Christmas is not over!
Orthodox Christmas is 13 days after December 25 because many Eastern Orthodox churches still hold to the old Julian calendar, named after Julius Caesar. Most Roman Catholics, Protestants and Greek Orthodox use the Gregorian calendar, named for Pope Gregory XIII, who abolished the old calendar in 1582, shortening it by 13 days.
Christmas is celebrated in Serbia on January 7 according to Orthodox Christian (Julian) calendar. Christmas Day is also a public holiday in countries such as Belarus, Egypt, Ethiopia, Georgia, Kazakhstan, Macedonia, Moldova, Montenegro, Russia, and the Ukraine.
Christmas in Serbia
Traditional Christmas celebration begins early on January 6 when men and children go to cut a Christmas tree (which in Serbia is not fir tree but oak tree). While looking for a tree, men sing old Serbian ritual songs. When the tree is found, it needs to be cut from the East side and while the man is cutting it, the other one throws grain on it so that the next year will be fertile for crops. The very important thing is that everyone is quiet when the oak tree is cut. Only small branches are taken from the tree for this ritual. The Christmas tree is called Badnjak. It symbolizes the tree of Life that God has planted with his sacred hands in Heaven and it’s also the symbol of the tree with deep roots which was planted in the womb of the Holy Virgin Mary when she gave birth to Jesus. The cult of bringing the Christmas tree to home exists in all European traditions. In most of them, fir tree is used as a Christmas tree, in Serbia, we use oak tree.
Badnjak is then brought home where it’s supposed to be burned in the stove at exactly midnight. The Christmas Eve dinner is very important and all of the members of the family are together. Serbians were fasting for 40 days and will eat meat for the first time after that period on Christmas day, January 7th. On Christmas Eve dinner the following things are served: fish, baked beans, red wine, dried fruit and candies. When the dinner is finished, the plates stay on the table all night. In that way the souls of our ancestors can eat with us as well on that festive day. Serbians have a cult of ancestor and respect them dearly. Christmas Eve is the connection between us, our ancestors and our future generation. The table can be cleaned the next morning.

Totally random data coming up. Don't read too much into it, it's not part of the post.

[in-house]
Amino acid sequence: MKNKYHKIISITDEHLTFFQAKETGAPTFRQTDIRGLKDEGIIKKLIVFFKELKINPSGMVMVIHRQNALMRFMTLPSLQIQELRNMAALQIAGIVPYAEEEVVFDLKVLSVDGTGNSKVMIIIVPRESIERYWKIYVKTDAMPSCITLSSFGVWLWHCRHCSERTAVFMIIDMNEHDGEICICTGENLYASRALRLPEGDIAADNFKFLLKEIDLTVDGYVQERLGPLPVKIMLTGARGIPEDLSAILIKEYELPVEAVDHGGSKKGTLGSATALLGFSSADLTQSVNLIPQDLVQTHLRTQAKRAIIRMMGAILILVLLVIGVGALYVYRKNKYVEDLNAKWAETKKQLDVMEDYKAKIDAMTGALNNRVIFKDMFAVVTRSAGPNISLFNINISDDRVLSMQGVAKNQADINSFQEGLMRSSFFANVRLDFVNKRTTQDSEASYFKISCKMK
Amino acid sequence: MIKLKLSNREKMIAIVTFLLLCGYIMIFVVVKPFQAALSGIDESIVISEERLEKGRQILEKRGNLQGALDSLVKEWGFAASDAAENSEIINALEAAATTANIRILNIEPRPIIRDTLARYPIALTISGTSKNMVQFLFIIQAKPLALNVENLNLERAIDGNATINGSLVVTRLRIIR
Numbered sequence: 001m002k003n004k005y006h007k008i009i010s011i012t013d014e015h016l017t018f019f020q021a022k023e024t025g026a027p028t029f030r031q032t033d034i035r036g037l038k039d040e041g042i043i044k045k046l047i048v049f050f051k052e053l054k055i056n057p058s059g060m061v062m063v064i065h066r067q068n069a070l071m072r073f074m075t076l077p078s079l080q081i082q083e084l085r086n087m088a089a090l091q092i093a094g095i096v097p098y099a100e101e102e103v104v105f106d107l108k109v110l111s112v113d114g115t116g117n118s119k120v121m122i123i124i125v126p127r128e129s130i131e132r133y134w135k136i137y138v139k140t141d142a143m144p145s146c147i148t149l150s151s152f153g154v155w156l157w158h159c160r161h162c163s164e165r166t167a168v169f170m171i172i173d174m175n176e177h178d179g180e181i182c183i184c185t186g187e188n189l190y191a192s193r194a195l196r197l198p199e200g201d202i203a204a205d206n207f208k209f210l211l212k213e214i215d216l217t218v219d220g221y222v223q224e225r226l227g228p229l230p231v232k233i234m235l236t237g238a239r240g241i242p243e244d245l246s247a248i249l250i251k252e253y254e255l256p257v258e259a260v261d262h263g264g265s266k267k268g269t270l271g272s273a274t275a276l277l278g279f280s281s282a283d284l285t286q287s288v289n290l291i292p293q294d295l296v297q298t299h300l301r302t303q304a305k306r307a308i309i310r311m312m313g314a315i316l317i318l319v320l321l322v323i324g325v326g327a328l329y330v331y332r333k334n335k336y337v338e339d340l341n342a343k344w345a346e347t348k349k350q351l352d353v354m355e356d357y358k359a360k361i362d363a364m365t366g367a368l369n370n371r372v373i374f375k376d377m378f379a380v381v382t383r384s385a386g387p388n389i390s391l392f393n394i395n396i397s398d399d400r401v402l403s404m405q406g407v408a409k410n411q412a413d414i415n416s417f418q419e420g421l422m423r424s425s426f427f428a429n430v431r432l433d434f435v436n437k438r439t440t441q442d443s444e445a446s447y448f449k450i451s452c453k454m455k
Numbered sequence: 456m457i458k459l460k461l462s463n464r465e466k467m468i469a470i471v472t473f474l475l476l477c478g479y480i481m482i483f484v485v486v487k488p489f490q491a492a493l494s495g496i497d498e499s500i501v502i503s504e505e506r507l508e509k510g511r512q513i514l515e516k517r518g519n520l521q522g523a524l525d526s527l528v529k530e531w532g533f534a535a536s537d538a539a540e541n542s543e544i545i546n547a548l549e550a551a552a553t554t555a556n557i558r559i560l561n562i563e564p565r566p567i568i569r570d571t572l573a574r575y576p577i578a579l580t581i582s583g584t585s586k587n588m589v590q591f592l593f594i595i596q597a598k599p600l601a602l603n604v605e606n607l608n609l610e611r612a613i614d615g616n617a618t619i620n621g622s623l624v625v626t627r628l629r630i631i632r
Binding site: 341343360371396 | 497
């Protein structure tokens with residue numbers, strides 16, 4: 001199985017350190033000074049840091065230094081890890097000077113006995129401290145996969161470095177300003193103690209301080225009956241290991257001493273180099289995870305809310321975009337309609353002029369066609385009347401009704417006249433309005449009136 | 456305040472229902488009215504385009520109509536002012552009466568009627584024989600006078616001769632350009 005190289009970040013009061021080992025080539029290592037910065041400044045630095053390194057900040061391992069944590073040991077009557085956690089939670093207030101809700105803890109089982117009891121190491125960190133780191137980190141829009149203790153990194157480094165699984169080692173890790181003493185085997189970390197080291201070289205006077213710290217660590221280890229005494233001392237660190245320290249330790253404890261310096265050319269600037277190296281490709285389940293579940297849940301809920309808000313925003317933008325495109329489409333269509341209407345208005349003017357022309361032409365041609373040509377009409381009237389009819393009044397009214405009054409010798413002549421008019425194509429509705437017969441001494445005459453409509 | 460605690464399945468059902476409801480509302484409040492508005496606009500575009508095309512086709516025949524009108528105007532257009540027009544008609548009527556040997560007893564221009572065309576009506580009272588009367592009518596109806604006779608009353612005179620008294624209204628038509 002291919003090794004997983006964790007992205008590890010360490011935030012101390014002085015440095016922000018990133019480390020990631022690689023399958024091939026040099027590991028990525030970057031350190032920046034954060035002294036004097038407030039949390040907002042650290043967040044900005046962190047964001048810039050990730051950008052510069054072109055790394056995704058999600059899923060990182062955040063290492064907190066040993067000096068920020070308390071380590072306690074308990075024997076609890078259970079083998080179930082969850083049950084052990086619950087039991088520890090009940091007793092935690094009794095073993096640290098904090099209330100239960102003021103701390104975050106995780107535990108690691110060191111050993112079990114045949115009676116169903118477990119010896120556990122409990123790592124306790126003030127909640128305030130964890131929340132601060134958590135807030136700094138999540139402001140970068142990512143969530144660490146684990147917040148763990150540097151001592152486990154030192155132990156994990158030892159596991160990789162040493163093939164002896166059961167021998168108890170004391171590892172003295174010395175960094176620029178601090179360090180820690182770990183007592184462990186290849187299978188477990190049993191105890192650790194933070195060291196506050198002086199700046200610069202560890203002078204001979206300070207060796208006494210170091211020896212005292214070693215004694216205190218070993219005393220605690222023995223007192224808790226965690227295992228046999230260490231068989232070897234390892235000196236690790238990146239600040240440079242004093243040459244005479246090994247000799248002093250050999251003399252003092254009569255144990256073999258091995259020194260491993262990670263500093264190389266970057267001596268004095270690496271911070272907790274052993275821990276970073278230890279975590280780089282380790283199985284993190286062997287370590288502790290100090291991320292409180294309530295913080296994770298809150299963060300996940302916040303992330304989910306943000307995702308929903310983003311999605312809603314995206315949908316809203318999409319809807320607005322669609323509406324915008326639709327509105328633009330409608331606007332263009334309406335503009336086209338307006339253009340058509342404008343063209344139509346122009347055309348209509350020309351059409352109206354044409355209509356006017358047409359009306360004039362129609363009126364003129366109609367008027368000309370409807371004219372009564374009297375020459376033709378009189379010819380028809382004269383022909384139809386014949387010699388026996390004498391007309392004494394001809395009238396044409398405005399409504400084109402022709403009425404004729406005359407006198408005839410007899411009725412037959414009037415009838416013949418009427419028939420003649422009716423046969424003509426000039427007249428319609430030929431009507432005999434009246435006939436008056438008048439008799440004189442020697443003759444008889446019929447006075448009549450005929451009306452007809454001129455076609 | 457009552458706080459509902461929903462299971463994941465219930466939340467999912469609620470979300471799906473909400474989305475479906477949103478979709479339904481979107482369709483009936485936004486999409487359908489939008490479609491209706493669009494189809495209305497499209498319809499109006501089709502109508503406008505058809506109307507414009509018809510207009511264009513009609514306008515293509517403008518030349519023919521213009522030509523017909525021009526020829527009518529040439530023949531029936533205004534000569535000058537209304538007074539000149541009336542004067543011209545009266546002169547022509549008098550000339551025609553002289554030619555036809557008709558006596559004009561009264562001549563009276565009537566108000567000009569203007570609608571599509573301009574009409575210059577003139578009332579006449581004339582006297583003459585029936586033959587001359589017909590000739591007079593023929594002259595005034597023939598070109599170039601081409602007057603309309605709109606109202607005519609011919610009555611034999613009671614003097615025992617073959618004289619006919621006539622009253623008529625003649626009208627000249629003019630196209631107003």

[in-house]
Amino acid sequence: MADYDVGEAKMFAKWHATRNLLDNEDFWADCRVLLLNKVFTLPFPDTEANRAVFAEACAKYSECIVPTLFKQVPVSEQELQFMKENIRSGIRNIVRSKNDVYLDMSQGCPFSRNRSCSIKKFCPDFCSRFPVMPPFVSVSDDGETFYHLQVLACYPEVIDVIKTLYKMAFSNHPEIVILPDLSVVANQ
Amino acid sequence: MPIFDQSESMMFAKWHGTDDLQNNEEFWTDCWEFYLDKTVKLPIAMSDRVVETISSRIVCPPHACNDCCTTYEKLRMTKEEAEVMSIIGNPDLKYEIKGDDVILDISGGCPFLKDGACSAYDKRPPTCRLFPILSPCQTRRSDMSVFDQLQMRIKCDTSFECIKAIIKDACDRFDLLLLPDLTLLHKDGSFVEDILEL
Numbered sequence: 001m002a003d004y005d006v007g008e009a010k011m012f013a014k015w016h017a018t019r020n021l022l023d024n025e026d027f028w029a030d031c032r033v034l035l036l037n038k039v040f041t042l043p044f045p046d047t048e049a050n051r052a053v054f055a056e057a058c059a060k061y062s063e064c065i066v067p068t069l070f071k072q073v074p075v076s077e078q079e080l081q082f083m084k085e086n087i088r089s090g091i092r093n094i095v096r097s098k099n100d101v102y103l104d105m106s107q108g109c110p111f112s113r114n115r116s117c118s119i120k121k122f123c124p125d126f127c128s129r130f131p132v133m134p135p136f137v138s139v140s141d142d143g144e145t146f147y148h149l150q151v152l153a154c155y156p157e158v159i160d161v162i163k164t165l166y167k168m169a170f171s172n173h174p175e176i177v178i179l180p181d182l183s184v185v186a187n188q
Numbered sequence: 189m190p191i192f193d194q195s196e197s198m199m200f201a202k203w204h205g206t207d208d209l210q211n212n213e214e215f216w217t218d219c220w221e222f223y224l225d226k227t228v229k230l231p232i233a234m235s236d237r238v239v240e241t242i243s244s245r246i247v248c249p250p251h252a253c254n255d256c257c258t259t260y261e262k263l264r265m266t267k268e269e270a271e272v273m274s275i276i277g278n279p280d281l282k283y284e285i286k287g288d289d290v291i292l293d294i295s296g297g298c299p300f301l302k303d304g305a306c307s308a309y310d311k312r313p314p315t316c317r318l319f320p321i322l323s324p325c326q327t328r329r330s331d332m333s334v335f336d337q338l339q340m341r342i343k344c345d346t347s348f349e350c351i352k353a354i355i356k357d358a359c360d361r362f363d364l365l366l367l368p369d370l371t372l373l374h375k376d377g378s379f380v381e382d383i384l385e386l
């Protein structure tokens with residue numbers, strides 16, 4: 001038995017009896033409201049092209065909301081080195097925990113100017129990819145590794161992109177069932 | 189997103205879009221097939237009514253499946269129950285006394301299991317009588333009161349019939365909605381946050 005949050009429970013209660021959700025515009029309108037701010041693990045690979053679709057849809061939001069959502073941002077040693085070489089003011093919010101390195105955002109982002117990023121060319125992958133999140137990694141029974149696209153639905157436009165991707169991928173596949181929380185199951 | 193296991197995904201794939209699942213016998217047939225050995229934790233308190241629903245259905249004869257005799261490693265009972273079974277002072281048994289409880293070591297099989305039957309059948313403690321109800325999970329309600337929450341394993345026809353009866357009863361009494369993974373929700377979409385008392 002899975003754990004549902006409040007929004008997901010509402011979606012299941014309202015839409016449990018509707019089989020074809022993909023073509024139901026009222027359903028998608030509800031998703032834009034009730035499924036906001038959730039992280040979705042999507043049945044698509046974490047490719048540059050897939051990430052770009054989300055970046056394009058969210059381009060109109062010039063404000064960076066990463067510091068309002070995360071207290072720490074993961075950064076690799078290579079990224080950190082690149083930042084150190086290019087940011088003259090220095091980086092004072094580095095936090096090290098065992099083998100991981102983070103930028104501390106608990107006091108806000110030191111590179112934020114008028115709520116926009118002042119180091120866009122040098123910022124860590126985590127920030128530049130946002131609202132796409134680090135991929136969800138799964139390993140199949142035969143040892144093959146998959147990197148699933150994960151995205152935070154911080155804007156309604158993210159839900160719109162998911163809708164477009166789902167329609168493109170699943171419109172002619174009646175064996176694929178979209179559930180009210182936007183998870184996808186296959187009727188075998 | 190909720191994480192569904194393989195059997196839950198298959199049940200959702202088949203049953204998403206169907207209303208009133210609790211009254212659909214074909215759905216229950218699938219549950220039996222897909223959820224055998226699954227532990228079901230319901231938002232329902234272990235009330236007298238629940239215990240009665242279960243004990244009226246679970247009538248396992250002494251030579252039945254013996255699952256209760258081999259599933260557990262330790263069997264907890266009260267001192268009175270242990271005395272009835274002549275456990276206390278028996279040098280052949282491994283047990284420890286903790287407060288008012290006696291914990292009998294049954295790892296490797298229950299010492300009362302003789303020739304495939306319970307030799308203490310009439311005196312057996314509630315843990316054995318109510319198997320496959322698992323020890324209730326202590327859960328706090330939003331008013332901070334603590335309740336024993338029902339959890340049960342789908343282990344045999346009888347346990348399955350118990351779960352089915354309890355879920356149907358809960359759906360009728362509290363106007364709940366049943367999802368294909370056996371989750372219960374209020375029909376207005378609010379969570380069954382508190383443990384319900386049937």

Christmas day- January 7th
Early in the morning, a woman of the house makes the Christmas Bread (Pogača). The bread is decorated with Christian motives: old Cyrillic letters, the cross, the dove (that brings peace from God) and grapes. What makes this bread special are the things that are put inside:
- A very small piece of the Christmas tree, a cm or two
- Beans (to always have food to eat)
- Corn(to have a fertile crops)
- A coin (brings money and prosperity)
- 3 gains of wheat (Father, Son and the Holly Spirit)
- A piece of pork meat that was specially prepared for that day
Before having a festive lunch with the family, in the morning, the first guest arrives. We call that person Položajnik which means the one who announces Christ’s birth. The one who usually arrives first at one’s home is a young man or woman or a child, in order to bring a good luck. Položajnik gets a gift: shirt, scarf, toys, candy etc. He is also the one who burns a part of the Christmas tree and he is singing a traditional song wishing the family health, money, success, love and prosperity.
On Christmas, people greet each other with: Hristos se rodi. (Christ is born)
And the other person is replying: Voistinu se rodi. (It is true, Christ is born)
Christmas table is full of delicious food and Serbian specialties. People laugh and joke and everybody is in the good spirit. This is the first time people are eating meat after 40 days.
Family is spinning Christmas bread 3 times saying: Mir Bože, Hristos se rodi! (Peace to God, Christ is born) and then each person is taking the piece. The Bread is not cut but each person tears his own part. The oldest man of the family takes the first part, which is for God’s glory, second is for the home and he takes the third piece for himself and then others chose their own piece. What you get in your piece of bread is what you should expect next year.